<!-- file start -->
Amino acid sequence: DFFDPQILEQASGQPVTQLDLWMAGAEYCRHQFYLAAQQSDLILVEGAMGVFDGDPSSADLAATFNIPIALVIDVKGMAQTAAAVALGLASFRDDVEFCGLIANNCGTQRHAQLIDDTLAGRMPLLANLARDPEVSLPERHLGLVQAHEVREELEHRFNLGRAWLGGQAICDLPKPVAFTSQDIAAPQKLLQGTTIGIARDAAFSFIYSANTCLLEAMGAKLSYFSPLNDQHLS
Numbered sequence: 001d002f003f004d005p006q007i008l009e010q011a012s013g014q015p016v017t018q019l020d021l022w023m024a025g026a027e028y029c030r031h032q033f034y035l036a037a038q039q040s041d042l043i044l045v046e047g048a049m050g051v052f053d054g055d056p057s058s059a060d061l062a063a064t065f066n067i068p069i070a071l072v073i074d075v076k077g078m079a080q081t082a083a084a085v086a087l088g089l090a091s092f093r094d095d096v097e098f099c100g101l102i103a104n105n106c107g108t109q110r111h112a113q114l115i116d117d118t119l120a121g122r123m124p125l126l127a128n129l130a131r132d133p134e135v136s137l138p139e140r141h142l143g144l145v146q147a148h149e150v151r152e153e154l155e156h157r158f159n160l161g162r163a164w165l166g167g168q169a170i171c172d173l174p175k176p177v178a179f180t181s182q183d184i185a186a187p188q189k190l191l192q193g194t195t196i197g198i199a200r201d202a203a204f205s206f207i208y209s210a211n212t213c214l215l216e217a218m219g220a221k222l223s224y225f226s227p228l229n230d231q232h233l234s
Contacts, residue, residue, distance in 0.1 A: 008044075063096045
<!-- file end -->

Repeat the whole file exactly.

Amino acid sequence: DFFDPQILEQASGQPVTQLDLWMAGAEYCRHQFYLAAQQSDLILVEGAMGVFDGDPSSADLAATFNIPIALVIDVKGMAQTAAAVALGLASFRDDVEFCGLIANNCGTQRHAQLIDDTLAGRMPLLANLARDPEVSLPERHLGLVQAHEVREELEHRFNLGRAWLGGQAICDLPKPVAFTSQDIAAPQKLLQGTTIGIARDAAFSFIYSANTCLLEAMGAKLSYFSPLNDQHLS
Numbered sequence: 001d002f003f004d005p006q007i008l009e010q011a012s013g014q015p016v017t018q019l020d021l022w023m024a025g026a027e028y029c030r031h032q033f034y035l036a037a038q039q040s041d042l043i044l045v046e047g048a049m050g051v052f053d054g055d056p057s058s059a060d061l062a063a064t065f066n067i068p069i070a071l072v073i074d075v076k077g078m079a080q081t082a083a084a085v086a087l088g089l090a091s092f093r094d095d096v097e098f099c100g101l102i103a104n105n106c107g108t109q110r111h112a113q114l115i116d117d118t119l120a121g122r123m124p125l126l127a128n129l130a131r132d133p134e135v136s137l138p139e140r141h142l143g144l145v146q147a148h149e150v151r152e153e154l155e156h157r158f159n160l161g162r163a164w165l166g167g168q169a170i171c172d173l174p175k176p177v178a179f180t181s182q183d184i185a186a187p188q189k190l191l192q193g194t195t196i197g198i199a200r201d202a203a204f205s206f207i208y209s210a211n212t213c214l215l216e217a218m219g220a221k222l223s224y225f226s227p228l229n230d231q232h233l234s
Contacts, residue, residue, distance in 0.1 A: 008044075063096045